Solved TV shows unusable signal connected to S-Video Out of PC. The pata2sata2 ide to sata...
March 4, 2016 at 22:25:15
Specs: XP HOME, AMD 1700+
I have this HP Pavilion 513x Desktop. It has a Nvidia Geforce2 MX graphics card, Nvidia Part number 600-10036-0100-AP4. This card has a VGA and a 4 pin S-Video TV-OUT connector. I have a Electop 4 Pin S-video to 3 Male RCA Composite Video Cable 1.45M.

And I am trying to connect it to a RCA TV model #F27442. But all I get is a grey distorted screen that says unusable signal.

I went to the Nvidia drivers site and used the device detect link to download the driver it suggested, driver version

I also tried leaving the TV off until the PC boot, like a saw suggested online somewhere.

I hooked the VGA monitor back up in the other room and looked for anything in the control panel about S-Video but can not find any settings for it.

What do I need to do to get this working?

See More: TV shows unusable signal connected to S-Video Out of PC.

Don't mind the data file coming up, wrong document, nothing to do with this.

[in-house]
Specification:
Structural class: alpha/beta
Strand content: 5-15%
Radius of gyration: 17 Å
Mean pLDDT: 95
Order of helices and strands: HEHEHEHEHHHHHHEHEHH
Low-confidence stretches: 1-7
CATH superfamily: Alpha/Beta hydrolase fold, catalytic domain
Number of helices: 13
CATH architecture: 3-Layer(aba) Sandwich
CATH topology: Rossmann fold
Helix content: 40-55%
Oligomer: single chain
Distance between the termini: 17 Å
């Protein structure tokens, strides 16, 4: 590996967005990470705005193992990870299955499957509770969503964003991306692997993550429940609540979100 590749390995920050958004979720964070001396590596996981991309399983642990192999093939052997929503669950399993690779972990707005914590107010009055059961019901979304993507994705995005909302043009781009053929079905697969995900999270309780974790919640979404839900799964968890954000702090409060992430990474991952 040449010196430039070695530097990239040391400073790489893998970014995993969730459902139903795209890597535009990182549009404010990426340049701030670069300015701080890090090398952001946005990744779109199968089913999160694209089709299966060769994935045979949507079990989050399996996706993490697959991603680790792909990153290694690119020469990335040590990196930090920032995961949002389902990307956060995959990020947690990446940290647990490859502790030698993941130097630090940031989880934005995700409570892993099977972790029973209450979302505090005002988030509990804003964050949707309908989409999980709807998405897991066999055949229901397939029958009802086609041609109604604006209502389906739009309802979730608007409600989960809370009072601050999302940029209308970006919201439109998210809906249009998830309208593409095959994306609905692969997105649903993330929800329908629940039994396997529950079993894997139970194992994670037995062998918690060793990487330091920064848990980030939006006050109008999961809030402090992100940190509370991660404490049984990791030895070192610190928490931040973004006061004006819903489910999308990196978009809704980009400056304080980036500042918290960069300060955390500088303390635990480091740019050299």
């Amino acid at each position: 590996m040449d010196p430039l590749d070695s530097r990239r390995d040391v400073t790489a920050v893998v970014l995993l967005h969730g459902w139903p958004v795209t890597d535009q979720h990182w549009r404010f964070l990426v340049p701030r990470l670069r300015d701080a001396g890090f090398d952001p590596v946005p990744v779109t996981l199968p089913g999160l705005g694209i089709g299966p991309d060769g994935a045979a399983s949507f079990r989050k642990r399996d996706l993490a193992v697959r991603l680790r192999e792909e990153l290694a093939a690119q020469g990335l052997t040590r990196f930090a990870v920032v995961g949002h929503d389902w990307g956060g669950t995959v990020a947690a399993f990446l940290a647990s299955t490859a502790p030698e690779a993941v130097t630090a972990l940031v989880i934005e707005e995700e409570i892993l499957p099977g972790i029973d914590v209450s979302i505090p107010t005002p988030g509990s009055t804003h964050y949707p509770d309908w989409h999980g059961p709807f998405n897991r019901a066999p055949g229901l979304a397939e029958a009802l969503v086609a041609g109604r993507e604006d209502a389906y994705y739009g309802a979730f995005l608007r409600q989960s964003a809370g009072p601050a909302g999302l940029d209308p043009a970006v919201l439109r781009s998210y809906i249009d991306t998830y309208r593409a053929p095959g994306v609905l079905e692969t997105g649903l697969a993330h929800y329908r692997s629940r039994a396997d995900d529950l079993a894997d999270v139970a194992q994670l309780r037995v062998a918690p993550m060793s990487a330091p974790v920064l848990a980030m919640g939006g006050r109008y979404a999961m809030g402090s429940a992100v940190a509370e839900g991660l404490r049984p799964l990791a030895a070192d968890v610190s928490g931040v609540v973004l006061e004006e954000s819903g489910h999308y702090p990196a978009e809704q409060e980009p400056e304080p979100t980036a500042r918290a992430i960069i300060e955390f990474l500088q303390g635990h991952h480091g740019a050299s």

Report •

March 5, 2016 at 02:37:33
✔ Best Answer
I have been researching this online and getting mixed results. Some seem to say this won't work, others that it will. I have this little Toshiba TV nearby. Unlike the RCA TV with its three connectors (Y/W/R), it only has two (Y/W). Anyway, I thought I'd give it a go. And unlike in my living room, I have a monitor nearby. So I hooked it and the monitor up. I found the TV settings by right clicking on the desktop, selecting display properties, settings, advanced, Gefore2 MX/MX 400, Launch Page, Start the Nvidia Control Panel, Display, Multiple Displays, Change Display Configuration, and then selecting "My Display is not shown in the list", and enabling Force Television Detection on Start Up. After reboot, I can see options for the television under Nvidia Control Panel, Video & Televisions. I ran the television setup wizard there, but it didn't improve things. I now get a fuzzy jittery picture of my desktop with no vertical sync and a loud buzz on the TV.

Report •
Related Solutions

Ask Question